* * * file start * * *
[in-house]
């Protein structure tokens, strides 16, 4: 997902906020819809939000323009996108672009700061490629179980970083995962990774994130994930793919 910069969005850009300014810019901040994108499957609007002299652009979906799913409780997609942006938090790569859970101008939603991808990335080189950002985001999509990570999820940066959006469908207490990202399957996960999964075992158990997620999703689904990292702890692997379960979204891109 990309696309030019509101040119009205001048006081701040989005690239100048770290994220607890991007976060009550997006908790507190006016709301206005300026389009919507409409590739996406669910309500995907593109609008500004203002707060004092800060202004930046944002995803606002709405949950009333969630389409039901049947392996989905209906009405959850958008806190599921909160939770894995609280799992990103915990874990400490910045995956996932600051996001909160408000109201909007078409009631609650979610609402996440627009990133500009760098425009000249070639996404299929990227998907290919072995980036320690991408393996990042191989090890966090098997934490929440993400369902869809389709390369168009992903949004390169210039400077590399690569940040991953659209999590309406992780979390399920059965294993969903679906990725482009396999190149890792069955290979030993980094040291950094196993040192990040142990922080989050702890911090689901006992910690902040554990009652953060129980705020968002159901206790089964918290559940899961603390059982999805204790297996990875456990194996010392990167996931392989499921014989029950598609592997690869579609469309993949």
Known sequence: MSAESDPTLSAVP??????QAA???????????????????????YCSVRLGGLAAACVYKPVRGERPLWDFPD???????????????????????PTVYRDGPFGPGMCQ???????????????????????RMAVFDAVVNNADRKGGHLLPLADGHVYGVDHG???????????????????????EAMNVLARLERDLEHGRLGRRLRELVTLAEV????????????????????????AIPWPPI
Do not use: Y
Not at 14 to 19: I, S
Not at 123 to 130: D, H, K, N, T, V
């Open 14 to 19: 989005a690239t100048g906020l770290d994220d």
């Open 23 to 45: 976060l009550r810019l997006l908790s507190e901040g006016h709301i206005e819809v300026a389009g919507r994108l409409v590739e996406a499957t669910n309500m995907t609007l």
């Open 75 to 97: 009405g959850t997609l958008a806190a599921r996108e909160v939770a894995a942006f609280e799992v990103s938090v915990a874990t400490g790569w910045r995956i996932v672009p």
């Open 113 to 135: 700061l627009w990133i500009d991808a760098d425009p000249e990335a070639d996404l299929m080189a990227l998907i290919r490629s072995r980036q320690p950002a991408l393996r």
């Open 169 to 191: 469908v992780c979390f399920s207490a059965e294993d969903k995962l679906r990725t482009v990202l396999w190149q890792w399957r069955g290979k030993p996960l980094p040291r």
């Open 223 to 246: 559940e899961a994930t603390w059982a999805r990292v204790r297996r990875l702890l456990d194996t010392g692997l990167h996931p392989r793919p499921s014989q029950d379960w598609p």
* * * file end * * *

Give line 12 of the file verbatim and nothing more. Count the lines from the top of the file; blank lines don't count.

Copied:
């Open 223 to 246: 559940e899961a994930t603390w059982a999805r990292v204790r297996r990875l702890l456990d194996t010392g692997l990167h996931p392989r793919p499921s014989q029950d379960w598609p």